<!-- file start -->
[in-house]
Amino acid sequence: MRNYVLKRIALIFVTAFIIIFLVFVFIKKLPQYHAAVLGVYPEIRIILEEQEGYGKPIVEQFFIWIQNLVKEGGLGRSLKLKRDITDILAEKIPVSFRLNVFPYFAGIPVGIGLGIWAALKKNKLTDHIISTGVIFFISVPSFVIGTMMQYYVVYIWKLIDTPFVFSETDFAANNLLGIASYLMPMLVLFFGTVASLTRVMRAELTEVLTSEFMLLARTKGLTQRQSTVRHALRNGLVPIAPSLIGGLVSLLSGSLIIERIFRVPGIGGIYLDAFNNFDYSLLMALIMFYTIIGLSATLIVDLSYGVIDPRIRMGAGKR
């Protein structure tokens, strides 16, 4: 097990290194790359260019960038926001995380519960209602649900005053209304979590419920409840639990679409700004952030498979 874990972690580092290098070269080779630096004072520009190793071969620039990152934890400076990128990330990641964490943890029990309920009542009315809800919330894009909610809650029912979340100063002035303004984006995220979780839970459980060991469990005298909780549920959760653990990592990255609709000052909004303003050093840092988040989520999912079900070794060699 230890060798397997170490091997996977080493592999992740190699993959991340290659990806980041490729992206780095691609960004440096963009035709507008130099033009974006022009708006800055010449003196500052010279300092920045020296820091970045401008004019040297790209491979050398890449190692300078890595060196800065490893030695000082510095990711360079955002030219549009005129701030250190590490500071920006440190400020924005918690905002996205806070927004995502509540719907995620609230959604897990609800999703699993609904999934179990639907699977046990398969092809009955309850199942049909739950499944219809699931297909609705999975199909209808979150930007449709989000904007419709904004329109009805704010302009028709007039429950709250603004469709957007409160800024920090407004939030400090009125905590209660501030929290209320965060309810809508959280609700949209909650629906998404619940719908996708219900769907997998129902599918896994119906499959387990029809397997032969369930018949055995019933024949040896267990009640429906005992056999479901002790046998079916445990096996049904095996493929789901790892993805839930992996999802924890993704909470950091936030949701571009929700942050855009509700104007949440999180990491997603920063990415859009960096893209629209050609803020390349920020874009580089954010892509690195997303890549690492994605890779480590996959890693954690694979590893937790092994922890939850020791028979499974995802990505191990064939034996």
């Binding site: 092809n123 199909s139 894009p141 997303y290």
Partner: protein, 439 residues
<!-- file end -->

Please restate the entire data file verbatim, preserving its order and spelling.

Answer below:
[in-house]
Amino acid sequence: MRNYVLKRIALIFVTAFIIIFLVFVFIKKLPQYHAAVLGVYPEIRIILEEQEGYGKPIVEQFFIWIQNLVKEGGLGRSLKLKRDITDILAEKIPVSFRLNVFPYFAGIPVGIGLGIWAALKKNKLTDHIISTGVIFFISVPSFVIGTMMQYYVVYIWKLIDTPFVFSETDFAANNLLGIASYLMPMLVLFFGTVASLTRVMRAELTEVLTSEFMLLARTKGLTQRQSTVRHALRNGLVPIAPSLIGGLVSLLSGSLIIERIFRVPGIGGIYLDAFNNFDYSLLMALIMFYTIIGLSATLIVDLSYGVIDPRIRMGAGKR
């Protein structure tokens, strides 16, 4: 097990290194790359260019960038926001995380519960209602649900005053209304979590419920409840639990679409700004952030498979 874990972690580092290098070269080779630096004072520009190793071969620039990152934890400076990128990330990641964490943890029990309920009542009315809800919330894009909610809650029912979340100063002035303004984006995220979780839970459980060991469990005298909780549920959760653990990592990255609709000052909004303003050093840092988040989520999912079900070794060699 230890060798397997170490091997996977080493592999992740190699993959991340290659990806980041490729992206780095691609960004440096963009035709507008130099033009974006022009708006800055010449003196500052010279300092920045020296820091970045401008004019040297790209491979050398890449190692300078890595060196800065490893030695000082510095990711360079955002030219549009005129701030250190590490500071920006440190400020924005918690905002996205806070927004995502509540719907995620609230959604897990609800999703699993609904999934179990639907699977046990398969092809009955309850199942049909739950499944219809699931297909609705999975199909209808979150930007449709989000904007419709904004329109009805704010302009028709007039429950709250603004469709957007409160800024920090407004939030400090009125905590209660501030929290209320965060309810809508959280609700949209909650629906998404619940719908996708219900769907997998129902599918896994119906499959387990029809397997032969369930018949055995019933024949040896267990009640429906005992056999479901002790046998079916445990096996049904095996493929789901790892993805839930992996999802924890993704909470950091936030949701571009929700942050855009509700104007949440999180990491997603920063990415859009960096893209629209050609803020390349920020874009580089954010892509690195997303890549690492994605890779480590996959890693954690694979590893937790092994922890939850020791028979499974995802990505191990064939034996």
């Binding site: 092809n123 199909s139 894009p141 997303y290």
Partner: protein, 439 residues